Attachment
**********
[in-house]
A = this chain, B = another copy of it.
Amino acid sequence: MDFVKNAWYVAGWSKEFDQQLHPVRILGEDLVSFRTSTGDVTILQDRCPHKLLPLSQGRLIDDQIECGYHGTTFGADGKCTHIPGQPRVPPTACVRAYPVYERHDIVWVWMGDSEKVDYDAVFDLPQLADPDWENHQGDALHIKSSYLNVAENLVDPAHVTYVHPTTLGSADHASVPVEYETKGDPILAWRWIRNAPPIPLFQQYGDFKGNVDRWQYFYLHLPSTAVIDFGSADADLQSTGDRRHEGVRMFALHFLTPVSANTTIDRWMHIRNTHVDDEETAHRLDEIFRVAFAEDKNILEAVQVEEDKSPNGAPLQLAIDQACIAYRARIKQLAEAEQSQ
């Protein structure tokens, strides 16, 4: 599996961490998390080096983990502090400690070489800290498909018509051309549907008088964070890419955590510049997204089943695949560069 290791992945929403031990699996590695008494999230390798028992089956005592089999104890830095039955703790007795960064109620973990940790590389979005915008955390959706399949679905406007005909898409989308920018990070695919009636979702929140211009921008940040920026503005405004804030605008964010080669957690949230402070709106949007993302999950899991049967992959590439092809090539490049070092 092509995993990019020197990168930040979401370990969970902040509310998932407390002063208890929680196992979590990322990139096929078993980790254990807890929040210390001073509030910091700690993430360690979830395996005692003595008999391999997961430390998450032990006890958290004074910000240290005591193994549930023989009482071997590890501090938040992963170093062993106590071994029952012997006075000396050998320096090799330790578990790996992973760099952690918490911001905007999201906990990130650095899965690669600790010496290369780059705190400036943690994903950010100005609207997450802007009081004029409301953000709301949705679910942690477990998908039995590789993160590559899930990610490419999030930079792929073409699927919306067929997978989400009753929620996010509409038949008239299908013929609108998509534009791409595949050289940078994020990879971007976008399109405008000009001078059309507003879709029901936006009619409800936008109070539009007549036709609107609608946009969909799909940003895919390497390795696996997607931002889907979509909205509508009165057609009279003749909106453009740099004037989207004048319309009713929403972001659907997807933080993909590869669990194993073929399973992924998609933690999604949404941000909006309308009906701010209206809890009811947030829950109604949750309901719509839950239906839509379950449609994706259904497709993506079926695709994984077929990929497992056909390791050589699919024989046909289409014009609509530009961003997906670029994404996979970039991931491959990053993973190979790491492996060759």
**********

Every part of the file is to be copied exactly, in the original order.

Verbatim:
[in-house]
A = this chain, B = another copy of it.
Amino acid sequence: MDFVKNAWYVAGWSKEFDQQLHPVRILGEDLVSFRTSTGDVTILQDRCPHKLLPLSQGRLIDDQIECGYHGTTFGADGKCTHIPGQPRVPPTACVRAYPVYERHDIVWVWMGDSEKVDYDAVFDLPQLADPDWENHQGDALHIKSSYLNVAENLVDPAHVTYVHPTTLGSADHASVPVEYETKGDPILAWRWIRNAPPIPLFQQYGDFKGNVDRWQYFYLHLPSTAVIDFGSADADLQSTGDRRHEGVRMFALHFLTPVSANTTIDRWMHIRNTHVDDEETAHRLDEIFRVAFAEDKNILEAVQVEEDKSPNGAPLQLAIDQACIAYRARIKQLAEAEQSQ
């Protein structure tokens, strides 16, 4: 599996961490998390080096983990502090400690070489800290498909018509051309549907008088964070890419955590510049997204089943695949560069 290791992945929403031990699996590695008494999230390798028992089956005592089999104890830095039955703790007795960064109620973990940790590389979005915008955390959706399949679905406007005909898409989308920018990070695919009636979702929140211009921008940040920026503005405004804030605008964010080669957690949230402070709106949007993302999950899991049967992959590439092809090539490049070092 092509995993990019020197990168930040979401370990969970902040509310998932407390002063208890929680196992979590990322990139096929078993980790254990807890929040210390001073509030910091700690993430360690979830395996005692003595008999391999997961430390998450032990006890958290004074910000240290005591193994549930023989009482071997590890501090938040992963170093062993106590071994029952012997006075000396050998320096090799330790578990790996992973760099952690918490911001905007999201906990990130650095899965690669600790010496290369780059705190400036943690994903950010100005609207997450802007009081004029409301953000709301949705679910942690477990998908039995590789993160590559899930990610490419999030930079792929073409699927919306067929997978989400009753929620996010509409038949008239299908013929609108998509534009791409595949050289940078994020990879971007976008399109405008000009001078059309507003879709029901936006009619409800936008109070539009007549036709609107609608946009969909799909940003895919390497390795696996997607931002889907979509909205509508009165057609009279003749909106453009740099004037989207004048319309009713929403972001659907997807933080993909590869669990194993073929399973992924998609933690999604949404941000909006309308009906701010209206809890009811947030829950109604949750309901719509839950239906839509379950449609994706259904497709993506079926695709994984077929990929497992056909390791050589699919024989046909289409014009609509530009961003997906670029994404996979970039991931491959990053993973190979790491492996060759």